There was no fighting it then. His knees gave way and he sat on the bottom step of the stairs, palms slid from feeling around his face to make sure it was all screwed back together and ended up shoving his eyes into palm-sealed darkness.
"Light what did I do?"
He asked himself, fingers shoving across his hair. The lights of memory were distant lamps but as soon as he found one flickering and turned toward it, the details surrounding such moments snuffed themselves away.

Nythadri first. She was there, crystal clear and staring. Lips parted as though about to speak. Or maybe smile with that sensational all-too-knowing smirk of hers. Or jab him with the kind of sarcastic banter he enjoyed struggling to parry in like kind. Arad Doman came and went like a wave. Then the sound of a barely-deflected crossbow bolt whispered uncomfortably close to his ear. He walked all night in the rain soaking wet: miserable and trudging through Caemlyn.

Something told him to stop digging around with Caemlyn. Leave the rest of that delicious day out of reach. It was a day, right? A Week? How long had he been out?

The cold entrance of that crypt of unwanted memories was a hard one to look into. But, hey, a black hole of the past down there or a black sky overhead now? One seemed no worse than the other. He sighed.

"She was right."
It was a sad sort of resolution he told himself, but a necessary one. "It's not an excuse. The world deserves better."
He wished he were a better man, the kind that could be what was needed. Then he sought out the patiently watching Hana as though she might have an answer to the question he hadn't asked, an answer to anything, which was absurd, of course, nobody had all the answers.

Esenya was right about more than his quality as a person. Forget that of a forged Asha'man. He knew the caliber of men who died every few minutes. All without glory or proclamation of great deeds or ballad-worthy sacrifices. Their bodies often left to be lumps on the horizon until someone was able to check boots for names. Guilt squeezed his eyes shut, hoping his father's undeserved commendations of his youngest son's honor would go ahead and disappear with the rest of a dead House. Maybe someday, if the Dragon Reborn did as prophecy said, those fields would see green autumn days once more. The sort of land he believed the survivors of these last days deserved to be happy again. That is, mostly happy; the world will hopefully be purged, but likely to be harsher place by then.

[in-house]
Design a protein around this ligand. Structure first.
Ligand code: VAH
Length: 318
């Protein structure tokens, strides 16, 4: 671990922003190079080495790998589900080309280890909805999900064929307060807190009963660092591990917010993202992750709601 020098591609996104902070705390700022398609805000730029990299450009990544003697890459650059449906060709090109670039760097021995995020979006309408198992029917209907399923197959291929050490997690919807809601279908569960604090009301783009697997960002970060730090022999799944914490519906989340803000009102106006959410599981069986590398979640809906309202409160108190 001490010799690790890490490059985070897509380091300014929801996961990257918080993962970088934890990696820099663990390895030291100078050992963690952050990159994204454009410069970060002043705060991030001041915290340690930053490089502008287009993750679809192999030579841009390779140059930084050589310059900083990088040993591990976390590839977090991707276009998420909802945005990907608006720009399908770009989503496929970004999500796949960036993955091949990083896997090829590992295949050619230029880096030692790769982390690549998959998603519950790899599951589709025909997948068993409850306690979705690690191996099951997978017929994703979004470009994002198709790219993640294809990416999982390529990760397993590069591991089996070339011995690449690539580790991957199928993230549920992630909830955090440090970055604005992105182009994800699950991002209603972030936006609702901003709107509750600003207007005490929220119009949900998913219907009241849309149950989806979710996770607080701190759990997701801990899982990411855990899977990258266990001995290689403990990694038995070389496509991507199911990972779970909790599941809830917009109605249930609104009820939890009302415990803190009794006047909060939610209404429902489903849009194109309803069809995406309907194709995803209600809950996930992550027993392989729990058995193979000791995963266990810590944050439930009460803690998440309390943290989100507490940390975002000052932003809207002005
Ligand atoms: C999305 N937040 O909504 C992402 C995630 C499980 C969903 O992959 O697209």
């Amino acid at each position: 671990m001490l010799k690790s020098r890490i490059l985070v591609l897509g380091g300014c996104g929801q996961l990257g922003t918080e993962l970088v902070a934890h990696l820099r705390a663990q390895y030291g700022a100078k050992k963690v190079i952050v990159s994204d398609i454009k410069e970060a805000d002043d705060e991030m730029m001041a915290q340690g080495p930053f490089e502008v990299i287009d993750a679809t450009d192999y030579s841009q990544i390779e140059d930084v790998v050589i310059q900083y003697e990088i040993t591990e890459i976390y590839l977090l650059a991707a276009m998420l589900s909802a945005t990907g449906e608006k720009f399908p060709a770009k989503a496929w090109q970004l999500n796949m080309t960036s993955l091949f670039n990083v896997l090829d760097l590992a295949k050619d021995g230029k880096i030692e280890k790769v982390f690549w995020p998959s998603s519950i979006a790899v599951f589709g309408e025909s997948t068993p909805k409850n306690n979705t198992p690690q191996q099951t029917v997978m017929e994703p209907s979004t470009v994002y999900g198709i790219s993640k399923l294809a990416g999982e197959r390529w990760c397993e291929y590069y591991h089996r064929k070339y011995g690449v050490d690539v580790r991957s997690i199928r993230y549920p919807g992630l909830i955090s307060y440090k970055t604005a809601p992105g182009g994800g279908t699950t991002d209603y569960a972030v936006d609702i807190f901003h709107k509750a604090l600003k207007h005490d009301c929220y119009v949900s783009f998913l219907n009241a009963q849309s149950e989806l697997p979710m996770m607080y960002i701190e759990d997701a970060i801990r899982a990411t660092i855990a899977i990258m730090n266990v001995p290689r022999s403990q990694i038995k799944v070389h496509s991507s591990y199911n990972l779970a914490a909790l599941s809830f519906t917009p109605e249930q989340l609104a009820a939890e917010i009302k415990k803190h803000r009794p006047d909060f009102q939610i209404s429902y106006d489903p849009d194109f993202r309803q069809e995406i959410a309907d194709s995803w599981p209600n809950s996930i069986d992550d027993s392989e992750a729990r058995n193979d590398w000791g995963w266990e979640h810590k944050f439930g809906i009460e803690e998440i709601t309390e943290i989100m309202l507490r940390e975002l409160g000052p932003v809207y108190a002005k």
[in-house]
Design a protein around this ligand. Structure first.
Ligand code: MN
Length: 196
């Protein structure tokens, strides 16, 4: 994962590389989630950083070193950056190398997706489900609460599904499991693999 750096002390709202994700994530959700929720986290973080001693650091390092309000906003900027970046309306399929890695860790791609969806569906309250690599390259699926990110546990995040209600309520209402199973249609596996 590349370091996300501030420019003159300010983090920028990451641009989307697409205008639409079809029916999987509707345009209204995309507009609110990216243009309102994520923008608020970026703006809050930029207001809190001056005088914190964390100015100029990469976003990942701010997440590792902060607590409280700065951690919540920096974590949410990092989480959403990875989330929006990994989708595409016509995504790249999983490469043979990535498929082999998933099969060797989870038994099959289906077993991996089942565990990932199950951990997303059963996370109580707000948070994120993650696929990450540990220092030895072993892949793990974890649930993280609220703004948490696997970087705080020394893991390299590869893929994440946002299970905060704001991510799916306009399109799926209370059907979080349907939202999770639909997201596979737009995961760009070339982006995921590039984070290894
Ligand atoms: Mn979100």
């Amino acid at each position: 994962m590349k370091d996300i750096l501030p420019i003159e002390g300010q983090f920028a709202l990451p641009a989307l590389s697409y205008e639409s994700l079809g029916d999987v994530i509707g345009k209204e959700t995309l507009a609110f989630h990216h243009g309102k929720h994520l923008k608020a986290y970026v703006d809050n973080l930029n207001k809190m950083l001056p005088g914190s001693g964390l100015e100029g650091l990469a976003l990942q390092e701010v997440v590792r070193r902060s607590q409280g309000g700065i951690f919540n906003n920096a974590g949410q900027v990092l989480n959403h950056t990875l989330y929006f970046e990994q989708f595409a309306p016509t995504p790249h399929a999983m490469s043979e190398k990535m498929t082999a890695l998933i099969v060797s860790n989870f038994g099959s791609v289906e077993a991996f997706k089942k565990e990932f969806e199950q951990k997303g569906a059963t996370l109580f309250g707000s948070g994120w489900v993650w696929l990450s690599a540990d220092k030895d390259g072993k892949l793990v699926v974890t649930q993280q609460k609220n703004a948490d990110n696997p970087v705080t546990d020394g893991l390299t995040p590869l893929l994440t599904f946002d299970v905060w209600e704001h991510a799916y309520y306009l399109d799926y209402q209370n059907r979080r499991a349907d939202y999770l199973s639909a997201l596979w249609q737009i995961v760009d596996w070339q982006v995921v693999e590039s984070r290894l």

Stand tall or shrink down and fade away. Uphold expectation, not walk lazily apathetic toward the end. No matter how lost a man wanted to find himself along the way. What were a few complaints in a pyramid of graver burdens? The world to their saviors. Nor an army to its redeemer? An army completely on its own, but that meant they wouldn't fight this bloody war with every strangled breath; at least, Jai wanted to. It just had to be done. That Sister was right. Bloody right. Burn her.

Really, this life was more straightforward than a guy could hope to live. All he had to do was wake up every day and show up. Sounded simple. Go where told, eat when told, aim at whatever was needed, crash that night and do it all over again. Hopefully be useful. Or lucky enough to get in some time at a dice table once in a while. Snag someone to pass long nights. All he had to do was hold on to that, long enough to stay useful. And not go insane, no matter how appealing. And make the end count; nothing else made a difference. Jai wasn't the guy in charge, thank the Light. He just needed to show up. And no man could be in two places at once. So something had to give.

Then a moment of worry darkened Jai's tentative resolve. He was gone again. Did the Black Tower know? Was there an assignment he was missing? Light, what if there was?

Hana was saying something. He pinched the back of his neck, rummaging through the last few minutes to figure out what she'd said: something about the kitchen, maybe; while still figuring out where he was suppose to be and wondering what would happen since he wasn't there.